different navies, no two ships are identical - although more than 90% of the
equipment is identical across all ships.

We started authoring maintenance routines in 1993, using WordPerfect merge
tables because we hadn't agreed on a final delivery format for the
documents. However, because the fields of the merge records provided a
parsable structure for much of the information (except procedural text), we
were able to "single source" more than thirty different extracts and
deliverables from the maintenance routines. However, as the number of ships
increased, the only way we could be reasonably certain that we had properly
managed the differences between ships, was to maintain a complete set of
routines for each ship - to the point we are now maintaining 8,000 separate
maintenance routine records in the increasingly obsolete and risky to
maintain WordPerfect environment. The company is totally dependent on my
skills to maintain the delivery system.

A related set of documents (specifications for overhaul of equipment by
external repair agents) where authoring did not begin until 1995, was
authored from the outset in SGML. The DTD was relatively easy to construct
(based on an existing Defence standard). These have been managed only at the
file level, because - unlike the maintenance routines - there has been no
need to deliver other products from the same data. These proved to be very
easy to maintain in SGML, and we have used a variety of products to do so
with no data problems or complaints from the authors.

By 1995 we recognised that it was increasingly risky to try to maintain the
growing volume of maintenance procedures in a proprietary format, however it
took until 1999 to convince management that we had no choice but to migrate
the data into SGML (or XML). In 1995 it probably would have cost us at least
$2 million to migrate our then data (2 ship-sets in development) to SGML.
Today it is costing us about half that to migrate 4 ship-sets). However, in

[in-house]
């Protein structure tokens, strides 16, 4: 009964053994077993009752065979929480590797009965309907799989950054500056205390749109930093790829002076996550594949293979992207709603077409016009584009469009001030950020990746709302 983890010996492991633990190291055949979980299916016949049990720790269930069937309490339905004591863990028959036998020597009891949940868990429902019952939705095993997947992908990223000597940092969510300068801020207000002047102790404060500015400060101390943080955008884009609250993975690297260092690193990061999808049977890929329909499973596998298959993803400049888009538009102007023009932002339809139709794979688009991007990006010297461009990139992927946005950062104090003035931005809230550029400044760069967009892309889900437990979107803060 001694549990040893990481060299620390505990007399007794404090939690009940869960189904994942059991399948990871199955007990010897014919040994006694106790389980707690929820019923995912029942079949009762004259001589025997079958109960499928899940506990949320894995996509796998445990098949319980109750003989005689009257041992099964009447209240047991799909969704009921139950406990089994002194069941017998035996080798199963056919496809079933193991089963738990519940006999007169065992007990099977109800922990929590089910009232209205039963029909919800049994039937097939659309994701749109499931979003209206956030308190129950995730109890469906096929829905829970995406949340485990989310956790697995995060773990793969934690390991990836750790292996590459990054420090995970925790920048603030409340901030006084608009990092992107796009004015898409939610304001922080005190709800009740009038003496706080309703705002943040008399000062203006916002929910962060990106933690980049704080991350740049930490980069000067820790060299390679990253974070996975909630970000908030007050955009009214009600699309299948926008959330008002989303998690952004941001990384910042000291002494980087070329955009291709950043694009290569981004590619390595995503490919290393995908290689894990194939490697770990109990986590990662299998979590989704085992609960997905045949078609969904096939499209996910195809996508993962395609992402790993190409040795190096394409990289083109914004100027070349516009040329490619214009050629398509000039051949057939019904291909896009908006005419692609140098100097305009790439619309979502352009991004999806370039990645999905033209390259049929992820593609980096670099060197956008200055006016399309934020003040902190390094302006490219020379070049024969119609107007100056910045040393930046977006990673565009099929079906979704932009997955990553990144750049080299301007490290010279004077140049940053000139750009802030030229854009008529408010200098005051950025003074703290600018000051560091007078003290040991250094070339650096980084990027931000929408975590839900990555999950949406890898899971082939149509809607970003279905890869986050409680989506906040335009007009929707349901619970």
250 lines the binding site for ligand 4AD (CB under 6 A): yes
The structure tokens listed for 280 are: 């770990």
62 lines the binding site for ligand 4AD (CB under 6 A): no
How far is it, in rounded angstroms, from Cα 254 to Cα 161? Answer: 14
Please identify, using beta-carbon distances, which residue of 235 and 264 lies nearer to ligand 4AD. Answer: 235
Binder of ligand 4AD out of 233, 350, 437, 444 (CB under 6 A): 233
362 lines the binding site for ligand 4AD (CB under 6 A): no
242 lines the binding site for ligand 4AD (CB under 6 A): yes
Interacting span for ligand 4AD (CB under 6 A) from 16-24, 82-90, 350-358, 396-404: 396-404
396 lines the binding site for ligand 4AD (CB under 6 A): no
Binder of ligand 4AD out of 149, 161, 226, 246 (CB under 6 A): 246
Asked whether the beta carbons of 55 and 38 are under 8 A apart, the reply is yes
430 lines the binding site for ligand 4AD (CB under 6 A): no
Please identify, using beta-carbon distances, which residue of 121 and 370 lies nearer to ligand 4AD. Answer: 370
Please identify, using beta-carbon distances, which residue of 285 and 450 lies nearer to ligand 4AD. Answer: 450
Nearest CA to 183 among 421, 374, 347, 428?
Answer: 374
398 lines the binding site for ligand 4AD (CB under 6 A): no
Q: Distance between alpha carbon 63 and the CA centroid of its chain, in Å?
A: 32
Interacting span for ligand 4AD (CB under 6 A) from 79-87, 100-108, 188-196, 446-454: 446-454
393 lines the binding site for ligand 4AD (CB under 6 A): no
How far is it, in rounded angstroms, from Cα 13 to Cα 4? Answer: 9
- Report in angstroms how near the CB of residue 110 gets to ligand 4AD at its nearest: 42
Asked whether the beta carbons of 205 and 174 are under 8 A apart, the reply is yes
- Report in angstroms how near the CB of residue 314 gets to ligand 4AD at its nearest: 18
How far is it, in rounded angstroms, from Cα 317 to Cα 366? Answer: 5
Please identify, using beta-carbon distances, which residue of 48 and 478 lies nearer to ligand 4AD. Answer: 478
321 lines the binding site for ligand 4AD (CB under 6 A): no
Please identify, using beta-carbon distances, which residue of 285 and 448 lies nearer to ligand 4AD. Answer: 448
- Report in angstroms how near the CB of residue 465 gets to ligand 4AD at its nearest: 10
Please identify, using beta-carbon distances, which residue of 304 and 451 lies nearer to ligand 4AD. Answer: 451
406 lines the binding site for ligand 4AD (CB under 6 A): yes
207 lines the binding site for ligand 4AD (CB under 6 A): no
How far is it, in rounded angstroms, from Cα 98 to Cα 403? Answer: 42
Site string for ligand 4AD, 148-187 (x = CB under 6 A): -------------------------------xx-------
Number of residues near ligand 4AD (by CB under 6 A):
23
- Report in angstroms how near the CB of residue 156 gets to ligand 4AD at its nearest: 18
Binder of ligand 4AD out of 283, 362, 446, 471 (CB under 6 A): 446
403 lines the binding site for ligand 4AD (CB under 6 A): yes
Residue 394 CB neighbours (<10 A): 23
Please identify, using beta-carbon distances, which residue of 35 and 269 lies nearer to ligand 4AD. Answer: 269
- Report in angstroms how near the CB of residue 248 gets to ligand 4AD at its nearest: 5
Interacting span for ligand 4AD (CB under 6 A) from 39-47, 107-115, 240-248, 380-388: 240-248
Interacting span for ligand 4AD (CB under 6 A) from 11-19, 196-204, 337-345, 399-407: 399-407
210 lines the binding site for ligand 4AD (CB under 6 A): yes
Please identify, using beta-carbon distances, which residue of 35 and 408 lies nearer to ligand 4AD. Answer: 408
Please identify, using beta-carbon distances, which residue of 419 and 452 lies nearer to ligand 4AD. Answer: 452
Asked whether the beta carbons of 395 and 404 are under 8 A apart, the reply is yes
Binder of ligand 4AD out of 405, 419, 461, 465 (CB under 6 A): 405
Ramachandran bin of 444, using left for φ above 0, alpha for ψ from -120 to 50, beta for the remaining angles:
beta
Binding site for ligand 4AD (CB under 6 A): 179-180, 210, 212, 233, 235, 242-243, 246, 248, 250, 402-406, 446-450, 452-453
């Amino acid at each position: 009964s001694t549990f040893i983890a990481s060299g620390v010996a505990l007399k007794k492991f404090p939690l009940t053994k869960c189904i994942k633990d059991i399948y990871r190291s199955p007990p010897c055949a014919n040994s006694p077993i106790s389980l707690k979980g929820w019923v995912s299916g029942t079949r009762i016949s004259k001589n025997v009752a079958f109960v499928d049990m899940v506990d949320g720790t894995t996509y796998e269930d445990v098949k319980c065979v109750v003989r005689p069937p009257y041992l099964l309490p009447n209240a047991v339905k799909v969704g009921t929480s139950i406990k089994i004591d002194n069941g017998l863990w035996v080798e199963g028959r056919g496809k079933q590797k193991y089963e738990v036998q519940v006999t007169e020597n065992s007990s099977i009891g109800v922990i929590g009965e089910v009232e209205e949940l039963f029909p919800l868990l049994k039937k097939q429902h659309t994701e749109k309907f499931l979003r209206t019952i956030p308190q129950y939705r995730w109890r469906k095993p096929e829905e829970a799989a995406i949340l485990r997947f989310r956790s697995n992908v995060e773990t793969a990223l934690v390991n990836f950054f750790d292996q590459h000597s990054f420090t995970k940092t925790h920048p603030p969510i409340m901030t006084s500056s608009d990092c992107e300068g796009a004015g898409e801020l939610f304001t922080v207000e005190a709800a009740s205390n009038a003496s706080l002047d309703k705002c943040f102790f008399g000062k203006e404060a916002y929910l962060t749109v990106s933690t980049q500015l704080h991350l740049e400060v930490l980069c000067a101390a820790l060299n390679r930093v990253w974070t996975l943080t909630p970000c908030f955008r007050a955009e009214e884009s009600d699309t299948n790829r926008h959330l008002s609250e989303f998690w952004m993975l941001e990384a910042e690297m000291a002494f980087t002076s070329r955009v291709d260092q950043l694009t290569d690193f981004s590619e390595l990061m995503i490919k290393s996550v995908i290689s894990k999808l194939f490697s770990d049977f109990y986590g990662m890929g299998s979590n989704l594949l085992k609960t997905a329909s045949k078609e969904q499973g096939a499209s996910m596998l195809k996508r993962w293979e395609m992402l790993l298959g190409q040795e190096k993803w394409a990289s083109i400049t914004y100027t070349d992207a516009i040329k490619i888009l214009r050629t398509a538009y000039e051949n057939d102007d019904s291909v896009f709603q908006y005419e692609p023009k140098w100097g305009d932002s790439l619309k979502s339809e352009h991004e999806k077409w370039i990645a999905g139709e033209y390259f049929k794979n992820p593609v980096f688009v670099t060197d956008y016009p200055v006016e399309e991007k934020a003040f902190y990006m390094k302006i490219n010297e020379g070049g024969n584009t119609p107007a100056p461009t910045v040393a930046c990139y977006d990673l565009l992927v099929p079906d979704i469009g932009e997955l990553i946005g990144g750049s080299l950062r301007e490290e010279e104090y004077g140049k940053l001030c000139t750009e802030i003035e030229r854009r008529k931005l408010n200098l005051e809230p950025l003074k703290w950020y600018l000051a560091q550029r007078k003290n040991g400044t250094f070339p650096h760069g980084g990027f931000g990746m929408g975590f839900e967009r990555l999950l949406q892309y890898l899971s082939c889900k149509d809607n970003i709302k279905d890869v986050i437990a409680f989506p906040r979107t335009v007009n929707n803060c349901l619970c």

the intervening period it has cost us several times the $2 million to
implement client mandated changes to the documents, which could have been
done for a small fraction of what it did cost us if we had been able to do
the work in a controlled SGML environment.

We are currently converting the four ship-sets of data into SGML for
management in what we believe to be the world-wide state of the art SGML/XML
database (RMIT University's Structured Information Manager - "SIM" - We looked at everything available on the world
market in 1998, and despite dismissing SIM at the outset as being "too
academic", we finally concluded that the local product was technically
superior to any other product we reviewed. The decision was also not hurt by
the weak $A. As well as a very capable repository, indexing and delivery
environment, SIM includes a workflow management capability and a very
powerful object oriented scripting language called Ace. Ace has built in
libraries for RTF, HTML, SGML, XML, MARC (library markup), X39.50 (library
database communications protocol), Oracle API exchanges, etc. (If anyone in
North America is looking at XML databases, SIM already has some substantial
US customers, and my understanding is that RMIT is substantially beefing up
its US distribution network. For further information on the US distribution
arrangements, contact Phil Anderson - mailto:phil -at- mds -dot- rmit -dot- edu -dot- au -dot- )

Using SIM-based tools, the conversion process is comparatively straight
forward - but, unavoidably, involves labour intensive components:

(1) A WordPerfect macro converts the merge table format into RTF,
substituting field and record delimiters with identifiable ascii strings as

(2) Ace script converts the RTF into SGML according to our strict authoring
DTD (if possible) or conforming to a "Loose" DTD including an error tags
which can be placed around structures which cannot be interpreted as
conforming to the Author DTD.

(3) Some WordPerfect records were so badly structured (there was no way to
control authors in the WordPerfect environment) that the Ace conversion